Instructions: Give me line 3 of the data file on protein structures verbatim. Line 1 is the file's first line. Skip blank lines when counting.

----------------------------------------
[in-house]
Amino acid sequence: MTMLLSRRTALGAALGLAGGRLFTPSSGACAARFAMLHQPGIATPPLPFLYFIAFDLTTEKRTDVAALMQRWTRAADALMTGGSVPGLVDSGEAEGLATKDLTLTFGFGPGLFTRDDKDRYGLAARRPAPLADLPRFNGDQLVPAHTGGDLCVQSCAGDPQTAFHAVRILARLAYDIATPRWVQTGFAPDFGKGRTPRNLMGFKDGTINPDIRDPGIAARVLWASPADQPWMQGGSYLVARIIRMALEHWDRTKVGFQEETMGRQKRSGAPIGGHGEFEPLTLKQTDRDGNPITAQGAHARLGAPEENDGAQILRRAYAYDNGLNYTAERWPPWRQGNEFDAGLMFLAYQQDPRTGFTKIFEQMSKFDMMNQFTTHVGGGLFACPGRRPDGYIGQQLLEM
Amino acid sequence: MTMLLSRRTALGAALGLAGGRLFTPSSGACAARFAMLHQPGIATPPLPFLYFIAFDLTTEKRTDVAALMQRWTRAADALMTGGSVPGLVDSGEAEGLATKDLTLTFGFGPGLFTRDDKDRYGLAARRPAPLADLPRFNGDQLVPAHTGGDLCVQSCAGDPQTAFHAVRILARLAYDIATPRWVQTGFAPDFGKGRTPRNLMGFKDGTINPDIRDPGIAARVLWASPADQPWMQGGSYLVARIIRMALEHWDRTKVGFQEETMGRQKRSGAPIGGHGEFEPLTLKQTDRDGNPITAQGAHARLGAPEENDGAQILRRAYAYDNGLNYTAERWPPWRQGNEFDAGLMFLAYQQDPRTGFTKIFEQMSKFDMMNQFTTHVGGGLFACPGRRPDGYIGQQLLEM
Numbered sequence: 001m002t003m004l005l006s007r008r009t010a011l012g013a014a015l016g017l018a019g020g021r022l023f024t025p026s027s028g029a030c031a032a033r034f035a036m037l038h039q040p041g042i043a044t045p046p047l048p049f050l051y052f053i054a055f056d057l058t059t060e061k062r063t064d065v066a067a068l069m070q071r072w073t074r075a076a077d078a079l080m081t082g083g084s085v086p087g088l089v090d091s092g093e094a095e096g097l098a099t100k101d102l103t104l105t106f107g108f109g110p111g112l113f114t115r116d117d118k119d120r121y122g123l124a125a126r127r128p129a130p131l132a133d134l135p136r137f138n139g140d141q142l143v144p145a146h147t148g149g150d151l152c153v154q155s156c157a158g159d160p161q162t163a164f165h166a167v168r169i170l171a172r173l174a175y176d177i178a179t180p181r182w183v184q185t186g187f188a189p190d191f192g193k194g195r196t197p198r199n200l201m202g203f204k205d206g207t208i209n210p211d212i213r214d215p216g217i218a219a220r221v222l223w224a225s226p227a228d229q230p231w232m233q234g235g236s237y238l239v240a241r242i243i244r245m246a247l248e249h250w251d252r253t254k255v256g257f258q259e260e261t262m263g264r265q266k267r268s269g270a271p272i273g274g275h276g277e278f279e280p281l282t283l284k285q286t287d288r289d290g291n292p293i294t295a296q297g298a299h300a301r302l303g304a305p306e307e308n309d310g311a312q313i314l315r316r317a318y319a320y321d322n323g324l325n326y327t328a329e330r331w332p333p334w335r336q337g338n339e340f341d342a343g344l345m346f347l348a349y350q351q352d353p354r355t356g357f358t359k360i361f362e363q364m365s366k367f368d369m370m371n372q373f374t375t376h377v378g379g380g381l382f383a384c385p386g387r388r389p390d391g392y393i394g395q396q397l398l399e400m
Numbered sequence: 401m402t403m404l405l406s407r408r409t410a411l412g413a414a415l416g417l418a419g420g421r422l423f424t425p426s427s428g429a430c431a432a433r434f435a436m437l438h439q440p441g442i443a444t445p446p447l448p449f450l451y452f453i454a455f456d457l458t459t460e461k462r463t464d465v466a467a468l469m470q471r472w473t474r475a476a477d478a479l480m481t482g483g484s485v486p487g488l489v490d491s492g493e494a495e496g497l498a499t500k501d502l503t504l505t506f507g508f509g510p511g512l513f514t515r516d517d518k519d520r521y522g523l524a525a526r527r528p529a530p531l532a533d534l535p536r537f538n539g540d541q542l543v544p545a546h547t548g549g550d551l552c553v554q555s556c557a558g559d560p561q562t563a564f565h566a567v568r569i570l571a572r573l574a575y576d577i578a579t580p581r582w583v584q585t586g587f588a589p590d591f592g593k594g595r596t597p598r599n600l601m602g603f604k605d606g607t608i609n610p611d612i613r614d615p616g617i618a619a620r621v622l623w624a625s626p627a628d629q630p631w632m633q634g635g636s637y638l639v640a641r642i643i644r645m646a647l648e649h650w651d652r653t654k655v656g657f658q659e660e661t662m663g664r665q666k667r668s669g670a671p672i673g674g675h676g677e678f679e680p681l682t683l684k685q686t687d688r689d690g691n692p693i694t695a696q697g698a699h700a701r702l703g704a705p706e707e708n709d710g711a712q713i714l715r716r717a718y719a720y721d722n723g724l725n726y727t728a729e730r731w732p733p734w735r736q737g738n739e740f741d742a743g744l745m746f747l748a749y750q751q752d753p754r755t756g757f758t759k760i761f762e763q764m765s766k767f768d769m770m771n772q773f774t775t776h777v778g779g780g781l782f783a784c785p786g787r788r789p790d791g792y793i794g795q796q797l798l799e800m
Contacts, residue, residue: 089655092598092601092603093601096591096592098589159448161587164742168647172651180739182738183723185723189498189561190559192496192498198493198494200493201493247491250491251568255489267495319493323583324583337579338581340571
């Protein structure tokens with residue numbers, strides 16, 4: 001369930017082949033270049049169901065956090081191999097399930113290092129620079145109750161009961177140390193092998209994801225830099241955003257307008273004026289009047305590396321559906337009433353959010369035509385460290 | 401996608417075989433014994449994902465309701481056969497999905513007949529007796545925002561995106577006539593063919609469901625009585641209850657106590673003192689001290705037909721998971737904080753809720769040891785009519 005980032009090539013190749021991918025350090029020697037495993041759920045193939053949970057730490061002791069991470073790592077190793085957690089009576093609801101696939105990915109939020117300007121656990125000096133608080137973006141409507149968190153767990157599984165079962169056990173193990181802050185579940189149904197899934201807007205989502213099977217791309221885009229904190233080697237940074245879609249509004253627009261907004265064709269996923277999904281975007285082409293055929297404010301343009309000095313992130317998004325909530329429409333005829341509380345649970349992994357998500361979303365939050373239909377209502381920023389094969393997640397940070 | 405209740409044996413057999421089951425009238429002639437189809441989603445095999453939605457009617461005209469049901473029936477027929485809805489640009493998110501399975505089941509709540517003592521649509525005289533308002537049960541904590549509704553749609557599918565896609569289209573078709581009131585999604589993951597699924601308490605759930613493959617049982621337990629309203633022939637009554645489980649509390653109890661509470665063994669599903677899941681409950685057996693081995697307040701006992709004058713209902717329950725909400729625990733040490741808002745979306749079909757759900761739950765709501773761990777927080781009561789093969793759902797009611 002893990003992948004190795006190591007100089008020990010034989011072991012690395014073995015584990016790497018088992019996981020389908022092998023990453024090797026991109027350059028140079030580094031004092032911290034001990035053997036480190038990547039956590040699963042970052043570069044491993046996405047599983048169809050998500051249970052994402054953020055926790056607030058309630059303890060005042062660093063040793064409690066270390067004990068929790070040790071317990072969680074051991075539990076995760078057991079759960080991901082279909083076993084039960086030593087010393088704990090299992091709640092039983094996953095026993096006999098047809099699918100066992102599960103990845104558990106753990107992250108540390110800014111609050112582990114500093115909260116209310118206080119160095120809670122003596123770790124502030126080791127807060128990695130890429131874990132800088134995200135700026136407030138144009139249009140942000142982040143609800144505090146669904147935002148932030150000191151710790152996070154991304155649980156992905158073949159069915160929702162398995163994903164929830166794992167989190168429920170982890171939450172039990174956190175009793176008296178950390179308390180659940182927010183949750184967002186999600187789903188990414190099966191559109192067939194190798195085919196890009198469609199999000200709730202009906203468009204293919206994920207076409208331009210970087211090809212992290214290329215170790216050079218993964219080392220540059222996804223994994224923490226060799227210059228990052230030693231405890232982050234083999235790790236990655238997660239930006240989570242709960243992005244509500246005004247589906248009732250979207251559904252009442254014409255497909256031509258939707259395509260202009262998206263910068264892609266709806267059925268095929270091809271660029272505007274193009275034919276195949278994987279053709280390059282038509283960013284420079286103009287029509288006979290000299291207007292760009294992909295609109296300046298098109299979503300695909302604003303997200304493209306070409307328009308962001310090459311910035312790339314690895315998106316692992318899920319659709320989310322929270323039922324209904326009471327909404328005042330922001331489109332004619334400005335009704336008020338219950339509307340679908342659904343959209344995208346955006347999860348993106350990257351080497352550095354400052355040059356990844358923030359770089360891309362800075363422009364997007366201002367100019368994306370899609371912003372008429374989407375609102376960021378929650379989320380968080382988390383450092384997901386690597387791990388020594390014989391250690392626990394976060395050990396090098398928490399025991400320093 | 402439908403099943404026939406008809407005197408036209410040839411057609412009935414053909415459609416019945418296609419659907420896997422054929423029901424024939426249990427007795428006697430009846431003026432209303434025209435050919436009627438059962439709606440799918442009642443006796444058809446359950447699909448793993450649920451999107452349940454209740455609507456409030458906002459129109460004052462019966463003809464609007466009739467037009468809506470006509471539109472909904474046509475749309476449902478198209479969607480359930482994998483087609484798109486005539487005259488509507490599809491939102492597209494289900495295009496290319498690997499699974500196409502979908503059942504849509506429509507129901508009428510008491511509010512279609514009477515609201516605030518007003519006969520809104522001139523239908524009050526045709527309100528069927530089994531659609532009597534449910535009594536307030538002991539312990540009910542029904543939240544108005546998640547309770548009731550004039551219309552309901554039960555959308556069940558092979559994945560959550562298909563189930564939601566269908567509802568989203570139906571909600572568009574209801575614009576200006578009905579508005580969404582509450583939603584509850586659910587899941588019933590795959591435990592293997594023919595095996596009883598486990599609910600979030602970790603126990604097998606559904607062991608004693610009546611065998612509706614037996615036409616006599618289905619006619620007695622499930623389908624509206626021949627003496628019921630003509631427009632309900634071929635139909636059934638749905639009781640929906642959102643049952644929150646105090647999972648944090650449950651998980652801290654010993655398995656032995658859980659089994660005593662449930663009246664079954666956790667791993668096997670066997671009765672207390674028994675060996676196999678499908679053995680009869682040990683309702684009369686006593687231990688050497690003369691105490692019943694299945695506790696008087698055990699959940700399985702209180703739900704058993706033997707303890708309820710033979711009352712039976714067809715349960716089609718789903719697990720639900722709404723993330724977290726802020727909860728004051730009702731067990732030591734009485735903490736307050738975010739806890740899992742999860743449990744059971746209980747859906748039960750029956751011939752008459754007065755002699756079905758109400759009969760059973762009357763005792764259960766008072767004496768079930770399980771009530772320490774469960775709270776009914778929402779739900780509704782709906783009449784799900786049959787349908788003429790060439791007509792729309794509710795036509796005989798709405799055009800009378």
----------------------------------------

Amino acid sequence: MTMLLSRRTALGAALGLAGGRLFTPSSGACAARFAMLHQPGIATPPLPFLYFIAFDLTTEKRTDVAALMQRWTRAADALMTGGSVPGLVDSGEAEGLATKDLTLTFGFGPGLFTRDDKDRYGLAARRPAPLADLPRFNGDQLVPAHTGGDLCVQSCAGDPQTAFHAVRILARLAYDIATPRWVQTGFAPDFGKGRTPRNLMGFKDGTINPDIRDPGIAARVLWASPADQPWMQGGSYLVARIIRMALEHWDRTKVGFQEETMGRQKRSGAPIGGHGEFEPLTLKQTDRDGNPITAQGAHARLGAPEENDGAQILRRAYAYDNGLNYTAERWPPWRQGNEFDAGLMFLAYQQDPRTGFTKIFEQMSKFDMMNQFTTHVGGGLFACPGRRPDGYIGQQLLEM